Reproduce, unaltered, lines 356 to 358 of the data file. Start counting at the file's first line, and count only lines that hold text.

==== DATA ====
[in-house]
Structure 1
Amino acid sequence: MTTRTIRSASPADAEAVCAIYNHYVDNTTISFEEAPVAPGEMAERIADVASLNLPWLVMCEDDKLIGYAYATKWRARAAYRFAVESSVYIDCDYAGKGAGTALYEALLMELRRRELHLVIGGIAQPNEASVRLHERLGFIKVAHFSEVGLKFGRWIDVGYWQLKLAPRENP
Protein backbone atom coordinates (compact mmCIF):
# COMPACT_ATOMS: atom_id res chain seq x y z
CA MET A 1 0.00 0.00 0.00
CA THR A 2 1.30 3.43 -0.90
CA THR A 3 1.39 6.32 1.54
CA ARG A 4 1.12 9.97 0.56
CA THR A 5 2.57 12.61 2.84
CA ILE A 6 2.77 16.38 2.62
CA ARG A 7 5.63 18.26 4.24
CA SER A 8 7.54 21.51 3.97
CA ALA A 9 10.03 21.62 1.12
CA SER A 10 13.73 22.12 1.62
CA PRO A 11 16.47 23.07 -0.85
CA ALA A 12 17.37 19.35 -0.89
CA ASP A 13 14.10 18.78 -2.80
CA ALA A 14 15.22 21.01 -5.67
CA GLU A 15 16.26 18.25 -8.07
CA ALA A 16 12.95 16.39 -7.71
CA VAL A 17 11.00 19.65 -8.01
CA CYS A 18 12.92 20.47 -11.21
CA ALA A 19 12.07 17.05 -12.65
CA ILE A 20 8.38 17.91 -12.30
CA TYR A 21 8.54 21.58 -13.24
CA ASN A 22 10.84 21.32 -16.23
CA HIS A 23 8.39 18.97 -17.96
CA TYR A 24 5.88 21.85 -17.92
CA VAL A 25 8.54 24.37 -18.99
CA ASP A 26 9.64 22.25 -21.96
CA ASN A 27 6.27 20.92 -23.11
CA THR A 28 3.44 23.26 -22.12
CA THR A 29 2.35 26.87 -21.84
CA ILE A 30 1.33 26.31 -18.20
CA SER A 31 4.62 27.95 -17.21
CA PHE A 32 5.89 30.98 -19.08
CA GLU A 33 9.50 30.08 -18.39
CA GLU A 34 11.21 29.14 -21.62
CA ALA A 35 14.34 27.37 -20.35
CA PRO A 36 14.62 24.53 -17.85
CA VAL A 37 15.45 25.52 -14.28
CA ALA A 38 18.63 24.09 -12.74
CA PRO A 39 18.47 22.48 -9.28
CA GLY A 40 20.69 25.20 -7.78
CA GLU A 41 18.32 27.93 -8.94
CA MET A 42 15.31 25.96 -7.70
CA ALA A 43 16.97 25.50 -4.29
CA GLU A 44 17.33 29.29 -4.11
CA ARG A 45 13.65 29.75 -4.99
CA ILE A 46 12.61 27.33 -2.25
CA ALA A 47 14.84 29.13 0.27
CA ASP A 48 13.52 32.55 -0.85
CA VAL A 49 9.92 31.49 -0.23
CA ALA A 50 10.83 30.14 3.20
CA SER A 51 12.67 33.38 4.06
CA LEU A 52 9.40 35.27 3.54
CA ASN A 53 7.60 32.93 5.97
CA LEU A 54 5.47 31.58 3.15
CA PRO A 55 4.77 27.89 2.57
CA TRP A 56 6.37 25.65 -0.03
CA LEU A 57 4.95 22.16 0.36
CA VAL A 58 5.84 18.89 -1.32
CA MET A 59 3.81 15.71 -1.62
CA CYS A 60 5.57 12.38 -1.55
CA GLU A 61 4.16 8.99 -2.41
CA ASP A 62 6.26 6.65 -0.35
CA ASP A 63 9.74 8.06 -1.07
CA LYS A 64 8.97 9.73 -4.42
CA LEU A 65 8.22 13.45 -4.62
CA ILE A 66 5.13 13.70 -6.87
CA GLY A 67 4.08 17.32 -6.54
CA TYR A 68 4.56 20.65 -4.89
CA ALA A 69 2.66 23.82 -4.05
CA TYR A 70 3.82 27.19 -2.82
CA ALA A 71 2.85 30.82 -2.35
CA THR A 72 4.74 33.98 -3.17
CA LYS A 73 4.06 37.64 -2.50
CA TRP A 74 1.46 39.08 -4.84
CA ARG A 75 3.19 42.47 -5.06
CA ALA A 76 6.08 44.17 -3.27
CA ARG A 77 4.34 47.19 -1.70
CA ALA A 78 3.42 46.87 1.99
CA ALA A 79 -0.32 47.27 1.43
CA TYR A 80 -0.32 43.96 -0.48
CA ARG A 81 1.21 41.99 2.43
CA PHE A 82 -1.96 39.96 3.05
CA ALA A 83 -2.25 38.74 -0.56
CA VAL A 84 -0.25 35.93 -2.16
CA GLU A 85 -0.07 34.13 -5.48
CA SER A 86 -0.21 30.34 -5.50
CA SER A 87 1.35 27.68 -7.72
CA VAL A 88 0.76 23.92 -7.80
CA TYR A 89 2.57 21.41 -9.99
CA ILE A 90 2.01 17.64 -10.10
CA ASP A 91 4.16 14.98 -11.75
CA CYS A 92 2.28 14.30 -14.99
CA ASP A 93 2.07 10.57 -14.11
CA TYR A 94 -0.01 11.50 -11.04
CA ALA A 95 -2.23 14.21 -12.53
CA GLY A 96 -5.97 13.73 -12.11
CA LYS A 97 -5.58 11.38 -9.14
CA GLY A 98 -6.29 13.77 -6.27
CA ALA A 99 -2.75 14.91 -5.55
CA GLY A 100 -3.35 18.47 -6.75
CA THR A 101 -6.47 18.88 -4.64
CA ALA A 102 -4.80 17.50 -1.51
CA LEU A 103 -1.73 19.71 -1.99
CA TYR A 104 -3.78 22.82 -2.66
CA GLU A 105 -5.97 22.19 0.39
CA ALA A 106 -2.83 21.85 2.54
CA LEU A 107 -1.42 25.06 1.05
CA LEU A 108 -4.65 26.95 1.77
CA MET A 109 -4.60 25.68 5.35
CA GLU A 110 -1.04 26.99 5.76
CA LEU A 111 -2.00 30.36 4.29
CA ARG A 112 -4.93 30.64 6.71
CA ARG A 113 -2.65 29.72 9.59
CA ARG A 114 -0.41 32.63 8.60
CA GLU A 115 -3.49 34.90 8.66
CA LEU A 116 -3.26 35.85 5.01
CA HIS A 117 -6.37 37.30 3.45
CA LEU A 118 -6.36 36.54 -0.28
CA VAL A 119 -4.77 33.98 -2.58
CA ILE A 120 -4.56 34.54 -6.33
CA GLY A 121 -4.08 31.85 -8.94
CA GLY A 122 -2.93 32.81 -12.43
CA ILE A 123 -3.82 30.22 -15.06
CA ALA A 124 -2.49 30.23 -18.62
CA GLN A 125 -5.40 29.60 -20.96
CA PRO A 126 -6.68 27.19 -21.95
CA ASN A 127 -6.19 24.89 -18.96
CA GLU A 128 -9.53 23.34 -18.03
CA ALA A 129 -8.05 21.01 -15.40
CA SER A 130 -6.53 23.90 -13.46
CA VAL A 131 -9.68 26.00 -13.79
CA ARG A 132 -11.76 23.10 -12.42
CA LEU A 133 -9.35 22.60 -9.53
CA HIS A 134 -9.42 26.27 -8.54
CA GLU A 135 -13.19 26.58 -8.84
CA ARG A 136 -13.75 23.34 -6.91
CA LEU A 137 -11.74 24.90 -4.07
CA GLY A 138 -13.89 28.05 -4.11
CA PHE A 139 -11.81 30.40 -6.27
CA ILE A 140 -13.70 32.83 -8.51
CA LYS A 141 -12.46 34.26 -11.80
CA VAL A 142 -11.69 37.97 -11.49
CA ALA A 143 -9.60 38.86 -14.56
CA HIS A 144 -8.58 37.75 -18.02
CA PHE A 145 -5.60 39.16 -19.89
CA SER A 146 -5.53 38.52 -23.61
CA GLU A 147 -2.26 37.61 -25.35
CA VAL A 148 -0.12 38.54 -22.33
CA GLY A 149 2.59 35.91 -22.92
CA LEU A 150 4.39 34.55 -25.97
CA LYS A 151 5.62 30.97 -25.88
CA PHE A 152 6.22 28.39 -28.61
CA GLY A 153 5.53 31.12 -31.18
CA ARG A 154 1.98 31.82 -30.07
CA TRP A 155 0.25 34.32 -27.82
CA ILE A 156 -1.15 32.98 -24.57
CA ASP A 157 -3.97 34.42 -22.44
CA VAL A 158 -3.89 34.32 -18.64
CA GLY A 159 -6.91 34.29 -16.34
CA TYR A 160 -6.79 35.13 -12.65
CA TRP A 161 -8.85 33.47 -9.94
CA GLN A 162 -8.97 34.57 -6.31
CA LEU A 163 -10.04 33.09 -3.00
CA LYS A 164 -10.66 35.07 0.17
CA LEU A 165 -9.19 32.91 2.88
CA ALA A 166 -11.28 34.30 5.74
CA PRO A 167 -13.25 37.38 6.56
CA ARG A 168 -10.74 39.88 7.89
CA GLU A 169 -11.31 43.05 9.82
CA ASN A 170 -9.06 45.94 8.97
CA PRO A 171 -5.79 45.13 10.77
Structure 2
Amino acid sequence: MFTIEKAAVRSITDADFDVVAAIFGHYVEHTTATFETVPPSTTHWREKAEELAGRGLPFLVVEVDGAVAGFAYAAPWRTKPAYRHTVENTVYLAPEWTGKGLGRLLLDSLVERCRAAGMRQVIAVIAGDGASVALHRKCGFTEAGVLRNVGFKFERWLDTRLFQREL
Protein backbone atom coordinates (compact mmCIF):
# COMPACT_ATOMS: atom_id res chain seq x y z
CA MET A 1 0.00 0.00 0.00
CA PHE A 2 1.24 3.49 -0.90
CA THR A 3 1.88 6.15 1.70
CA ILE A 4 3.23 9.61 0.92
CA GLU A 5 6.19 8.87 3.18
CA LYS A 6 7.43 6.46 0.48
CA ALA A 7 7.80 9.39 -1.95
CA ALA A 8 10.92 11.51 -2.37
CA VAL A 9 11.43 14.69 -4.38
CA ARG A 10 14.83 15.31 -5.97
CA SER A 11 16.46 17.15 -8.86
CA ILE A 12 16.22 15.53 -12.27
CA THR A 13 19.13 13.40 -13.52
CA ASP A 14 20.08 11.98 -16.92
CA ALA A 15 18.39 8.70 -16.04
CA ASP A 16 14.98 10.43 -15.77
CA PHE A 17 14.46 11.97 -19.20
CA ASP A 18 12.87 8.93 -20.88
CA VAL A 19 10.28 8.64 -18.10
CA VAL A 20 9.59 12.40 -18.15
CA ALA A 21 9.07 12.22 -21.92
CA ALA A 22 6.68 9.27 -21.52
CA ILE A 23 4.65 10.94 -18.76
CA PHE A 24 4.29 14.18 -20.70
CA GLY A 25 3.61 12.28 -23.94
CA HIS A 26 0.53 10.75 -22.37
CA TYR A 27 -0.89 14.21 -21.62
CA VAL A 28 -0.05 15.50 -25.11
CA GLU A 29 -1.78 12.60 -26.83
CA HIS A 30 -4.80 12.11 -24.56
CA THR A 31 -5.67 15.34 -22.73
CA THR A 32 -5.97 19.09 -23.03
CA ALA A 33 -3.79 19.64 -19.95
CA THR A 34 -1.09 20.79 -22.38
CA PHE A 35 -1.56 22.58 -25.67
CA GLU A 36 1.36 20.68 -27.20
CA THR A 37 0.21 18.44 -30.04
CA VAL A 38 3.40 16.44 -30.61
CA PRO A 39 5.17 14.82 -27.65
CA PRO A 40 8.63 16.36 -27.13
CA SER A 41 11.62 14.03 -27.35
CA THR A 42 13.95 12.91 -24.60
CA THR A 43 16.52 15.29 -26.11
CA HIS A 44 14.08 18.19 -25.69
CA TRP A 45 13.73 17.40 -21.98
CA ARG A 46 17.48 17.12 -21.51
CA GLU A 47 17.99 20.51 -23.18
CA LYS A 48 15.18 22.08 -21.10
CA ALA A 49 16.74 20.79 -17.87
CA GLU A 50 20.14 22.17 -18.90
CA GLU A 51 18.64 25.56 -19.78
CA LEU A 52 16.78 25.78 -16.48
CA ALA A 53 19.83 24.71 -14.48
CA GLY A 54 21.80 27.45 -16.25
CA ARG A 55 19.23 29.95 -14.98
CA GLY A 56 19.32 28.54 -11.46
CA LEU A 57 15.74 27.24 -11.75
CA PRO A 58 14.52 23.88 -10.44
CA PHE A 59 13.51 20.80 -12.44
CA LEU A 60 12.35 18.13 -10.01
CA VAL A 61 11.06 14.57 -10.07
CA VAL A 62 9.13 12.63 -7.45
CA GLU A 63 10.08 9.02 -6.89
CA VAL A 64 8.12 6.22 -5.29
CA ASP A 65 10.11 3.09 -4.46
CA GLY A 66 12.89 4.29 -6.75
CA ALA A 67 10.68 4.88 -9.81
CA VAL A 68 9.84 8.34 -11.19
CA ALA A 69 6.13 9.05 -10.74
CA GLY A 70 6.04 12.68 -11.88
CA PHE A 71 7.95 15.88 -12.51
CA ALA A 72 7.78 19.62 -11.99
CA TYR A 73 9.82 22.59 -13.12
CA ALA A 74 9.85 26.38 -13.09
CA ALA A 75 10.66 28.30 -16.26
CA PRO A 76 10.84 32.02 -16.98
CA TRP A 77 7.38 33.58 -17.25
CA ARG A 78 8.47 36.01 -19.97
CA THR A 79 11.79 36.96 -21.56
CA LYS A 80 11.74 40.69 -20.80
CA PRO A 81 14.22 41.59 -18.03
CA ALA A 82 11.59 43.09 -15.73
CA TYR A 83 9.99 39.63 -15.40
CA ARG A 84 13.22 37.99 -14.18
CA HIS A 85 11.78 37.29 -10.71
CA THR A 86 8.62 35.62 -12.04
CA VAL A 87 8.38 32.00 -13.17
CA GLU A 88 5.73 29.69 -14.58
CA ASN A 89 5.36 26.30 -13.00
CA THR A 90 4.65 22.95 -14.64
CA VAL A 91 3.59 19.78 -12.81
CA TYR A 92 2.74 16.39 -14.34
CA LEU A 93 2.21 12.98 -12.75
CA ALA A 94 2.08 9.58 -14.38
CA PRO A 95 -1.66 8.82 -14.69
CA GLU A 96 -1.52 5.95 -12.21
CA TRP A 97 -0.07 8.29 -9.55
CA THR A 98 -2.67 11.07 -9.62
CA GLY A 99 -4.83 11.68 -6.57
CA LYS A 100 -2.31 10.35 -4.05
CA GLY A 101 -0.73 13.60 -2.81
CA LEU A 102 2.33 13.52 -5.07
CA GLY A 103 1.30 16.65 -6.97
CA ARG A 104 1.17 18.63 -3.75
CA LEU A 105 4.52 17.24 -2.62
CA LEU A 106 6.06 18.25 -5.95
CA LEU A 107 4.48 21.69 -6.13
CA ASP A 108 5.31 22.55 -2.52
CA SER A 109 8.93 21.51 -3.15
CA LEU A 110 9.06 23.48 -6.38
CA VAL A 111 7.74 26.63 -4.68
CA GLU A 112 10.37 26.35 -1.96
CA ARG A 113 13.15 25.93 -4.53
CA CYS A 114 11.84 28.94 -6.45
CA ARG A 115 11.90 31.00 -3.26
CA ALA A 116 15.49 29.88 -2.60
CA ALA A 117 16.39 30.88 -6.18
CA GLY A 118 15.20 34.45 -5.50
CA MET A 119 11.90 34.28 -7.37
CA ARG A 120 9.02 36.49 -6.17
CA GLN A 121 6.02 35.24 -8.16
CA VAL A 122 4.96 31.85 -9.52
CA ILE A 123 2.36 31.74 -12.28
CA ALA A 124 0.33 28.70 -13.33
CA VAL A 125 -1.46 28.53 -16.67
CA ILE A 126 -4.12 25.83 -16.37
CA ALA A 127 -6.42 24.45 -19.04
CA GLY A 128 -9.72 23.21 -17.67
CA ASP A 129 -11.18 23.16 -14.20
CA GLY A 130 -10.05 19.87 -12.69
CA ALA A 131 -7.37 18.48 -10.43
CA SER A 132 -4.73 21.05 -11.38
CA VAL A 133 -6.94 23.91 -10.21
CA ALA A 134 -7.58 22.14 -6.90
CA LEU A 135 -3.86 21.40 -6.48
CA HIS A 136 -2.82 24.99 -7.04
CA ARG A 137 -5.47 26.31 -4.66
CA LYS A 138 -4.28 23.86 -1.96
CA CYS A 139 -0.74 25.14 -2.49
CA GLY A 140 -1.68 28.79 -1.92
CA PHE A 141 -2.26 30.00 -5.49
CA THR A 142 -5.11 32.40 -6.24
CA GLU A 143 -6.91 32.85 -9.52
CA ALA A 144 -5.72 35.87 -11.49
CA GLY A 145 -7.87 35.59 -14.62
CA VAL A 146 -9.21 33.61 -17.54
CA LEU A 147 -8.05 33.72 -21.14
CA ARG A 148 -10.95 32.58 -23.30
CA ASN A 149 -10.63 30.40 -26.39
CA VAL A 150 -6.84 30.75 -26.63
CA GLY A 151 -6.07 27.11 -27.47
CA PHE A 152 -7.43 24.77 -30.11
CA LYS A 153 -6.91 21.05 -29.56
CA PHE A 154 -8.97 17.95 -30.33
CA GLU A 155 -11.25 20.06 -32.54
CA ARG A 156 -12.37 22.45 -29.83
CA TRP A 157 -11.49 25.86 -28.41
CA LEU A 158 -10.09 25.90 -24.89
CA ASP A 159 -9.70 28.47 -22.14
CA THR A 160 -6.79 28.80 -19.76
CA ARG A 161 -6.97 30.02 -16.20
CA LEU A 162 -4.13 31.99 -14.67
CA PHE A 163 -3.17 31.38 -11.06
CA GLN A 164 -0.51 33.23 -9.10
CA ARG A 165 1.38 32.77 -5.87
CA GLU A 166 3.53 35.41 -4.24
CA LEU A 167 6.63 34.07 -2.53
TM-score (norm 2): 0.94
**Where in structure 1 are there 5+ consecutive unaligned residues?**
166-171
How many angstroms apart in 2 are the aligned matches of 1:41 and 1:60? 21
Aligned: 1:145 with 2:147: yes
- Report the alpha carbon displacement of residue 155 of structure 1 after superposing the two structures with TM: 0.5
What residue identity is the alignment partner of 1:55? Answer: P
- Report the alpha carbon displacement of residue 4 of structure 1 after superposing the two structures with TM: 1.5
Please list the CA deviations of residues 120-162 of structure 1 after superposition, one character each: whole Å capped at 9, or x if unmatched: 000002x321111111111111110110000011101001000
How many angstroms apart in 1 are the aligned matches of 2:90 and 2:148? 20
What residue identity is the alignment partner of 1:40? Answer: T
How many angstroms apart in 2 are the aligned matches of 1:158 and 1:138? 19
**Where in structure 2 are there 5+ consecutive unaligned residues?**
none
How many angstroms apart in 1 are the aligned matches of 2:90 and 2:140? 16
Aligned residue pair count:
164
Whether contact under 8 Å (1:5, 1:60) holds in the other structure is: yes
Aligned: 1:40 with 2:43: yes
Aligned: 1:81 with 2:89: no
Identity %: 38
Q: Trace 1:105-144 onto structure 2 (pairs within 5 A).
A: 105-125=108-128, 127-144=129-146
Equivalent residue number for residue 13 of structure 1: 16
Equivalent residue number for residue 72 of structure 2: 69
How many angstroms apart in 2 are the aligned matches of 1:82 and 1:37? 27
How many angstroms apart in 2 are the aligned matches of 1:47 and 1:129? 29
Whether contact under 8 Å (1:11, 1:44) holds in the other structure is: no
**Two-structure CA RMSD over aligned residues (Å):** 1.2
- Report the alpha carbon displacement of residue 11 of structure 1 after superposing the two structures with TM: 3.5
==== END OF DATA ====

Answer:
Please list the CA deviations of residues 120-162 of structure 1 after superposition, one character each: whole Å capped at 9, or x if unmatched: 000002x321111111111111110110000011101001000
How many angstroms apart in 1 are the aligned matches of 2:90 and 2:148? 20
What residue identity is the alignment partner of 1:40? Answer: T